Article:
Germany and Russia will hope to avoid any costly slip-ups when they contest their latest round of 2010 FIFA World Cup South Africa™ qualifiers tomorrow.
Germany lead the way in Group 4 by just a point from the Russians, both teams having six wins from their opening seven matches. The Germans face Azerbaijan in Hannover tomorrow, expecting a comfortable victory over the minnows who have lost six and drawn one of their qualifiers - while Guus Hiddink's Russia will expect a far more taxing encounter against Wales in Cardiff.
Wins for both Germany and Russia will set up a tantalising showdown between the two countries in Moscow on 10 October. A trip to the Russian capital is never easy, and Germany coach Joachim Low is therefore hoping the Welsh can do his side a favour at the Millennium Stadium.
"We know from our own experience that it is not easy to win in Wales," said Low. "Our main focus is on our own game, and then we will see how Russia have got on."
We know from our own experience that it is not easy to win in Wales. Our main focus is on our own game, and then we will see how
Russia have got on.
Azerbaijan may be out of the running to reach South Africa, but the team's German coach Berti Vogts insists he will not be looking to do any favours for his compatriots tomorrow. "I don't have a team who can just go out to defend," he said. "My players don't want to hide from anybody."
Fourth-placed Wales are all but out of qualifying contention and need an unlikely sequence of results to reach South Africa. The Russians are set to be bolstered by the return of Arsenal playmaker Andrey Arshavin, who missed Saturday's 3-0 win over Liechtenstein with a groin strain.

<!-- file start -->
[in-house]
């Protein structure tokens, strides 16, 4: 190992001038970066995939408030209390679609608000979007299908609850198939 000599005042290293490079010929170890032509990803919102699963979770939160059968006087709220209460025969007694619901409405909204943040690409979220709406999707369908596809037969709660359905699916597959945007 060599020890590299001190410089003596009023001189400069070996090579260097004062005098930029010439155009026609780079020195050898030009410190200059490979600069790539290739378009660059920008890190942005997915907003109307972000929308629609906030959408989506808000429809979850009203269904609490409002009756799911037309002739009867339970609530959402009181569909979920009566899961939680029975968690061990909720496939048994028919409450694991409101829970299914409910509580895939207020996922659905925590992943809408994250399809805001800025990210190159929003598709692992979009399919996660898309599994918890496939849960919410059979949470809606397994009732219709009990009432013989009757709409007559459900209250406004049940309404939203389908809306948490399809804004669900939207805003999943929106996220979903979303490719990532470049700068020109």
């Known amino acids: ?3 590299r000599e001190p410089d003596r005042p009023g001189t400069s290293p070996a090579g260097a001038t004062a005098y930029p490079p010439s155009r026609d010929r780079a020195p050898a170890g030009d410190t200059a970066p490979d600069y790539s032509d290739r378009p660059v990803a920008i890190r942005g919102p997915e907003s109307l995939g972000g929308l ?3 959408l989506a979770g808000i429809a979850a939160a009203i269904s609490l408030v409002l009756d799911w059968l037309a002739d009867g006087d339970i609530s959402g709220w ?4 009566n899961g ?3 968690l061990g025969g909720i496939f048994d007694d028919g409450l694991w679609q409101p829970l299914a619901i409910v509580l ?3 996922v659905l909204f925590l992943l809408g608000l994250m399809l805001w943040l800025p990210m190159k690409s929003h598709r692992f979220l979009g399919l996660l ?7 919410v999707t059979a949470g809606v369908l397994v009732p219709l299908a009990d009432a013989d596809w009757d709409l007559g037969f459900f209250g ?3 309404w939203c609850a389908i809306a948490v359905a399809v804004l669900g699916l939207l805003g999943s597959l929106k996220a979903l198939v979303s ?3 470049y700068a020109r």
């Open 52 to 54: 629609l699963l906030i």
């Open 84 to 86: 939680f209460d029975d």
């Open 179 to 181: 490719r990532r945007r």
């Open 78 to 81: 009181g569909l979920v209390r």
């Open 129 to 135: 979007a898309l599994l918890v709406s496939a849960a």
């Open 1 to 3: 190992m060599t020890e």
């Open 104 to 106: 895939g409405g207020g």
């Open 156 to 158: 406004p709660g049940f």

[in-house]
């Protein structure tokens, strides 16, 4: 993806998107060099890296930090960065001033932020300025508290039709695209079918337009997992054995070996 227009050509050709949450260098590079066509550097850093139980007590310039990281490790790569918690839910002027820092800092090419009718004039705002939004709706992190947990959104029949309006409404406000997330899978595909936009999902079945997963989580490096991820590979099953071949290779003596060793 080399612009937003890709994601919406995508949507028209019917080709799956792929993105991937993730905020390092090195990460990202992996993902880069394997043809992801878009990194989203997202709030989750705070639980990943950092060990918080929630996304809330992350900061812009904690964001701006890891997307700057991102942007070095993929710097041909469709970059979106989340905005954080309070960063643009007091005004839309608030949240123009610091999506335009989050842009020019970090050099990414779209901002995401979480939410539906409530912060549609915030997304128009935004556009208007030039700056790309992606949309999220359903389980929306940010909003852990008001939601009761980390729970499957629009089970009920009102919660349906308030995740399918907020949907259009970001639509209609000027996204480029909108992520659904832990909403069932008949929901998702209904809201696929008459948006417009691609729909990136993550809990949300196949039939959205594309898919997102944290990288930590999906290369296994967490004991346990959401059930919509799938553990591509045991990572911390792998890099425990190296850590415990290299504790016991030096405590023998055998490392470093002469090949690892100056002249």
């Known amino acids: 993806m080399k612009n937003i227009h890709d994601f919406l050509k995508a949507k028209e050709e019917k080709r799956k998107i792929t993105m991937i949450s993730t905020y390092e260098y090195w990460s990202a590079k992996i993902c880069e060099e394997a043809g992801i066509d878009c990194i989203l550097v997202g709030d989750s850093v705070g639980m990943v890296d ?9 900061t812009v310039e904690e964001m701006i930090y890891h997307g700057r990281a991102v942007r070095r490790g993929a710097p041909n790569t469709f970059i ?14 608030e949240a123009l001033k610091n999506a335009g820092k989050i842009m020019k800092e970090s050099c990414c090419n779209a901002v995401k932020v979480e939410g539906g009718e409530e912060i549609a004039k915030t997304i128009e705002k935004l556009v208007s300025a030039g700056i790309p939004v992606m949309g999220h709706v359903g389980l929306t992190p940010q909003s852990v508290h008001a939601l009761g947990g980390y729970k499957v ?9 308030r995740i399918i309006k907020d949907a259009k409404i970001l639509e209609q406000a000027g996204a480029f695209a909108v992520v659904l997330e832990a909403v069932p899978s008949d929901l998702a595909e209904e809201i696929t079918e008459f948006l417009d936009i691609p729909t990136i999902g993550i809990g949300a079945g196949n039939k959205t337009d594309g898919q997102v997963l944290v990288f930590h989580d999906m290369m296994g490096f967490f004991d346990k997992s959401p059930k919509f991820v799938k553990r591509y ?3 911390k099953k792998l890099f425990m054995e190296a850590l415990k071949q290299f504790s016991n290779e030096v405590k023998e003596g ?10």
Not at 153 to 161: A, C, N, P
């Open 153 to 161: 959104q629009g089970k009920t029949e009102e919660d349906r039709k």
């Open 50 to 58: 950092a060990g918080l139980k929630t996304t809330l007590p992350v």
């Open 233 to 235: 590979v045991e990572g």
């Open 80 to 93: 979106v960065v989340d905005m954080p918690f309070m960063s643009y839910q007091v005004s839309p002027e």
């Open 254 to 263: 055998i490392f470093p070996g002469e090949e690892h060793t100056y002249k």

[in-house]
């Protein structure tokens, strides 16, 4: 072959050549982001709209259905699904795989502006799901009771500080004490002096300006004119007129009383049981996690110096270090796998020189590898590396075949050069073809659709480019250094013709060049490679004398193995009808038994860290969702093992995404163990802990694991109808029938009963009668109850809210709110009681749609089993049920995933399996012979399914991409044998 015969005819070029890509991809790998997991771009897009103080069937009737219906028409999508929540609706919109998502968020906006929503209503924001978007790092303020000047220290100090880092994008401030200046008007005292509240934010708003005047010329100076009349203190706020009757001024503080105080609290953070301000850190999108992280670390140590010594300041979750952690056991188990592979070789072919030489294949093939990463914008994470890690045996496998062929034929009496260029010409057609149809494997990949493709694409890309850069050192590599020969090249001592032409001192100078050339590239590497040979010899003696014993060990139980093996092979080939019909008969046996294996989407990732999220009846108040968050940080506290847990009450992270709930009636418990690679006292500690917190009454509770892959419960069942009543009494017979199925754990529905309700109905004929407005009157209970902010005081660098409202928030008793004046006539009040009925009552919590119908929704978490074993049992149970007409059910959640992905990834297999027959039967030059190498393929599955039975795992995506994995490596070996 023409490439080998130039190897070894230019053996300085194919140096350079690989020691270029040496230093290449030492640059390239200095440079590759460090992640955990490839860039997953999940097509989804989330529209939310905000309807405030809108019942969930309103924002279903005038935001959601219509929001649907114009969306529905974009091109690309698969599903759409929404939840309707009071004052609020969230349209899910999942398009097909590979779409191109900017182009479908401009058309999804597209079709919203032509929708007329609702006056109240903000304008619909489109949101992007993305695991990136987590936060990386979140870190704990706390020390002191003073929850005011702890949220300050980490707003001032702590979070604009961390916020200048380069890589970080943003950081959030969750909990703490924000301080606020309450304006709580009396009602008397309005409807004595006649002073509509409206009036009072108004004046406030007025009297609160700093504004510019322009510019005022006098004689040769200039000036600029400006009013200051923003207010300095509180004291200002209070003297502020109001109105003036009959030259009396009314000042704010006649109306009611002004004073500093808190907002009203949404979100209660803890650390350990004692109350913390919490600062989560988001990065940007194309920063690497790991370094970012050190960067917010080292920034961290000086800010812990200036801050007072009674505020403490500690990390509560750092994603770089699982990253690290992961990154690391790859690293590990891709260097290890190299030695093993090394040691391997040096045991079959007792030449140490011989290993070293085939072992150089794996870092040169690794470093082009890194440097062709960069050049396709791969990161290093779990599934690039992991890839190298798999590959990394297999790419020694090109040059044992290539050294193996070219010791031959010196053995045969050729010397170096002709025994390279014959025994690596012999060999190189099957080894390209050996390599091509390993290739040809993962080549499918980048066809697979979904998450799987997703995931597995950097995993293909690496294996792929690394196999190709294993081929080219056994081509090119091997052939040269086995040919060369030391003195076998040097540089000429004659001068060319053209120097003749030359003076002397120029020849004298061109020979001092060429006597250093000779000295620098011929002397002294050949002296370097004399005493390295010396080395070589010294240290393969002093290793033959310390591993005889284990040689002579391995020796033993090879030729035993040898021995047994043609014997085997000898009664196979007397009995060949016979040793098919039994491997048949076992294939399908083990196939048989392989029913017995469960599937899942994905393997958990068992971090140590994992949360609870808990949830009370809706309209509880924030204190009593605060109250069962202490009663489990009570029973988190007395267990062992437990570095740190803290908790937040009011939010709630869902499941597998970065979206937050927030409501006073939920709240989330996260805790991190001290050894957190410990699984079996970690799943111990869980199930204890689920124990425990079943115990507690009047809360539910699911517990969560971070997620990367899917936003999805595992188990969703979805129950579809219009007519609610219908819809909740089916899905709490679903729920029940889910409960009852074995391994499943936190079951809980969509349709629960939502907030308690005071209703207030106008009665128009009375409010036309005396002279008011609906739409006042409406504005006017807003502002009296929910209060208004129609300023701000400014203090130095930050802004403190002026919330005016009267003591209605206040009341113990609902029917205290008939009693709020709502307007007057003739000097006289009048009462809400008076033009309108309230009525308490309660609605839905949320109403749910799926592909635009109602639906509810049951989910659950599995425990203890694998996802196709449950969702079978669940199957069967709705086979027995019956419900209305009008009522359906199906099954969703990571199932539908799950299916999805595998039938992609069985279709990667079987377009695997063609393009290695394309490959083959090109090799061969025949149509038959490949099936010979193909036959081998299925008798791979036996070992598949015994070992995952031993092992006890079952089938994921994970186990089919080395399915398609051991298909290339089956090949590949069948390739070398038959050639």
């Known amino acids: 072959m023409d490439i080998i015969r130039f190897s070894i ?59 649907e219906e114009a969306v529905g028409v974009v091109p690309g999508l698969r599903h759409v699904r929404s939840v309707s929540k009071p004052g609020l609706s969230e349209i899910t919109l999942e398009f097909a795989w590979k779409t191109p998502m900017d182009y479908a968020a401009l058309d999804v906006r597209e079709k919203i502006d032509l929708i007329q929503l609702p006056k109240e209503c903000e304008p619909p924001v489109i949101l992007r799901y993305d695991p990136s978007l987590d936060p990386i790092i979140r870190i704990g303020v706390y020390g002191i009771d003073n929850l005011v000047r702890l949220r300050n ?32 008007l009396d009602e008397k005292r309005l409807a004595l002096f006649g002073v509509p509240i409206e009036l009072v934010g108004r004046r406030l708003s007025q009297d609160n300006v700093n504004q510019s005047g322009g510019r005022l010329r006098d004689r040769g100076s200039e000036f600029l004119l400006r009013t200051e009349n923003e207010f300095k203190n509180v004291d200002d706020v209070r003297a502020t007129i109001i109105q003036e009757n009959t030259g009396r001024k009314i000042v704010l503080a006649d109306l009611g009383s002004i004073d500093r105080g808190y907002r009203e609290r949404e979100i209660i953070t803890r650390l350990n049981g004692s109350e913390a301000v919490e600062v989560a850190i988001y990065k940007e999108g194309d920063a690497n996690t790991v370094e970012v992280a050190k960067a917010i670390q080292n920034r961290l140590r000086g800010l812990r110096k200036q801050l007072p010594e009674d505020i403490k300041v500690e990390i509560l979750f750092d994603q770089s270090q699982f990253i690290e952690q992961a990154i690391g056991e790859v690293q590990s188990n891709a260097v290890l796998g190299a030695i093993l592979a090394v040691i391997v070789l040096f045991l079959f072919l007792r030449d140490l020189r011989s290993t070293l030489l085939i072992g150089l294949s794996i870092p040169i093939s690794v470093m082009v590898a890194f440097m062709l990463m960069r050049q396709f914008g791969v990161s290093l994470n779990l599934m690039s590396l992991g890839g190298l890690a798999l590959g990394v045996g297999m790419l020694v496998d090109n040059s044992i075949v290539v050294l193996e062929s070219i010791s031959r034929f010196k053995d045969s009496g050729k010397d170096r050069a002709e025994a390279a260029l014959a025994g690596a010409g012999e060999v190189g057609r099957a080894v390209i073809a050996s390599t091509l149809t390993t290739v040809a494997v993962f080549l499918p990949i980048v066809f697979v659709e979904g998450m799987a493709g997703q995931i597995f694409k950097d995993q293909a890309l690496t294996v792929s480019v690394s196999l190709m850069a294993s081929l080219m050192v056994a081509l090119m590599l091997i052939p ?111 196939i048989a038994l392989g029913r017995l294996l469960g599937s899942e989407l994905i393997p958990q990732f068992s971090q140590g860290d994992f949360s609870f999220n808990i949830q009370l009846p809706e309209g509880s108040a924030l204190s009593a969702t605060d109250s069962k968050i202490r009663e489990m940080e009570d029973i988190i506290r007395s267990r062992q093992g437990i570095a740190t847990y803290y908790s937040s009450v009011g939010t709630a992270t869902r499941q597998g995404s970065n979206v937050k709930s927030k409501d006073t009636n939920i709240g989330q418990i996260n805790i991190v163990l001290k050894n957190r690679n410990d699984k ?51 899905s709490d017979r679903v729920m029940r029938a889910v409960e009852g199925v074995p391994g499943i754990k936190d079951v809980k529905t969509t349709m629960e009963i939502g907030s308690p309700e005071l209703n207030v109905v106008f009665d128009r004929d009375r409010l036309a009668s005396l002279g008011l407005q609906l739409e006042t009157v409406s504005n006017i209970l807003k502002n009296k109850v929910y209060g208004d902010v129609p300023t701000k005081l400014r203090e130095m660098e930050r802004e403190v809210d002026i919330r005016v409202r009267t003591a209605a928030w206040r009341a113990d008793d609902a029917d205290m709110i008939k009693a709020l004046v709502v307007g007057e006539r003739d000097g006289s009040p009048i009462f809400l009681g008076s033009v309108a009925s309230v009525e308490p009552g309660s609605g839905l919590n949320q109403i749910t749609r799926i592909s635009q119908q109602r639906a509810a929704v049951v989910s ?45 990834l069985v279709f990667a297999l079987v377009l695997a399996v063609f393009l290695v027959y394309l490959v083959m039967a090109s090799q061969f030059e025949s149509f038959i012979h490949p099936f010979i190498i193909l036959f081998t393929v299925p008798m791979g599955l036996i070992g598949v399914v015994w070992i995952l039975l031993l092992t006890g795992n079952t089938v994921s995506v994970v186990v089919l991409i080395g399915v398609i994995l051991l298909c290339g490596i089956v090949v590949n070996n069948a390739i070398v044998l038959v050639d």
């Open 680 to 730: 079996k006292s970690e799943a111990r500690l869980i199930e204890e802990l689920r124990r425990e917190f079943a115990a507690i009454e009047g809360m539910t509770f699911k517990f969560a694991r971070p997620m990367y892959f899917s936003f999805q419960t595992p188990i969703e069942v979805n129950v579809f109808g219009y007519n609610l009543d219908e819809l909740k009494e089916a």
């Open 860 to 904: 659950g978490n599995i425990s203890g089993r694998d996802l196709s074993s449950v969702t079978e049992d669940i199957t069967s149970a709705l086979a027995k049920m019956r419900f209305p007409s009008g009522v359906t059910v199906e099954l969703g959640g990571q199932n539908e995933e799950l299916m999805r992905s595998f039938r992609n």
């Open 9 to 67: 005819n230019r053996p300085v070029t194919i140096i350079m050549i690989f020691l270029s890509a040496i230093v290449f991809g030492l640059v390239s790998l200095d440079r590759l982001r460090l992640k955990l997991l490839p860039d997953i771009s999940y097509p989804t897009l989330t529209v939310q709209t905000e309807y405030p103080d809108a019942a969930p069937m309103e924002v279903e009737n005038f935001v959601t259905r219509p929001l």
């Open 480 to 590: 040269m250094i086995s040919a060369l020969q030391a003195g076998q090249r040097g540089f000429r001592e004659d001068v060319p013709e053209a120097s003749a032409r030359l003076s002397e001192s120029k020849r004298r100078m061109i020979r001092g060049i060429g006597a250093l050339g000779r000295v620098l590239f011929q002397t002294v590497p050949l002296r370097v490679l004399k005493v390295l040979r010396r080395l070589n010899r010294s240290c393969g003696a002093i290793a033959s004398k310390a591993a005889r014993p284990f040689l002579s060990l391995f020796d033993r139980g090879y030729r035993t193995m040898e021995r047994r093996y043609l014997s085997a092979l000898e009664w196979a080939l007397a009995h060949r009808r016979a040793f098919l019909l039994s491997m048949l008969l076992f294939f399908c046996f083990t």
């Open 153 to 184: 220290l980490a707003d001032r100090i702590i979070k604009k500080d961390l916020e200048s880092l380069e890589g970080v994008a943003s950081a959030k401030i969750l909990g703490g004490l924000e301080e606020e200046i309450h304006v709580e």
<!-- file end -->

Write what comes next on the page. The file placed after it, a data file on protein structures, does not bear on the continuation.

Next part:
Hiddink is expecting a stern test against a Welsh side with much to prove. "I don't see any sense in comparing our games with Liechtenstein and Wales, since our clash in Cardiff will be more challenging," said the former Chelsea caretaker boss.
"It will represent a real battle, because British players always fight till the very last minute. Self-efficiency is the main factor for me. If our players have no problems with it in Cardiff, we will stand a good chance of victory."
Defeat to Hiddink's men tomorrow will officially end Welsh hopes. A win would breathe fresh life into the chances of both John Toshack's side and third-placed Finland, who visit Liechtenstein in Vaduz in tomorrow's other group encounter.
The Finns - after four wins, a draw and two losses - are just five points behind the Russians with three matches to play, and can move to within a victory of overhauling Hiddink's side in second place if results fall their way tomorrow.